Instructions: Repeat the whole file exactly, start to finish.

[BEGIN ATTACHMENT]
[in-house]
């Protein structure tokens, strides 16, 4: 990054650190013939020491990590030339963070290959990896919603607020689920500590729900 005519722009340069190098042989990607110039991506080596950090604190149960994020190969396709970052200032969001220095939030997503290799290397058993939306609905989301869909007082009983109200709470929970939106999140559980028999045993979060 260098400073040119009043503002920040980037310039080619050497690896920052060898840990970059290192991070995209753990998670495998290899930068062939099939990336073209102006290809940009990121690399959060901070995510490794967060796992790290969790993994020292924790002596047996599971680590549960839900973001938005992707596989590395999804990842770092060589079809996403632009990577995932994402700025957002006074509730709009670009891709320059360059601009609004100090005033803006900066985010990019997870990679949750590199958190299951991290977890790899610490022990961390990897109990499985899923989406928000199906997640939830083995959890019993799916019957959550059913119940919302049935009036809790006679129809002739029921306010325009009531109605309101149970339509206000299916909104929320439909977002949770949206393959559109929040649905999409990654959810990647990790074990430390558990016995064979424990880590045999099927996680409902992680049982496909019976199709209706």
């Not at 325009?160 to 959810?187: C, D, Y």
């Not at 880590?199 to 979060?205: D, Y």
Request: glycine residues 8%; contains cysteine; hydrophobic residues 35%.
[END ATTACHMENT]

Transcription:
[in-house]
């Protein structure tokens, strides 16, 4: 990054650190013939020491990590030339963070290959990896919603607020689920500590729900 005519722009340069190098042989990607110039991506080596950090604190149960994020190969396709970052200032969001220095939030997503290799290397058993939306609905989301869909007082009983109200709470929970939106999140559980028999045993979060 260098400073040119009043503002920040980037310039080619050497690896920052060898840990970059290192991070995209753990998670495998290899930068062939099939990336073209102006290809940009990121690399959060901070995510490794967060796992790290969790993994020292924790002596047996599971680590549960839900973001938005992707596989590395999804990842770092060589079809996403632009990577995932994402700025957002006074509730709009670009891709320059360059601009609004100090005033803006900066985010990019997870990679949750590199958190299951991290977890790899610490022990961390990897109990499985899923989406928000199906997640939830083995959890019993799916019957959550059913119940919302049935009036809790006679129809002739029921306010325009009531109605309101149970339509206000299916909104929320439909977002949770949206393959559109929040649905999409990654959810990647990790074990430390558990016995064979424990880590045999099927996680409902992680049982496909019976199709209706």
């Not at 325009?160 to 959810?187: C, D, Y």
């Not at 880590?199 to 979060?205: D, Y």
Request: glycine residues 8%; contains cysteine; hydrophobic residues 35%.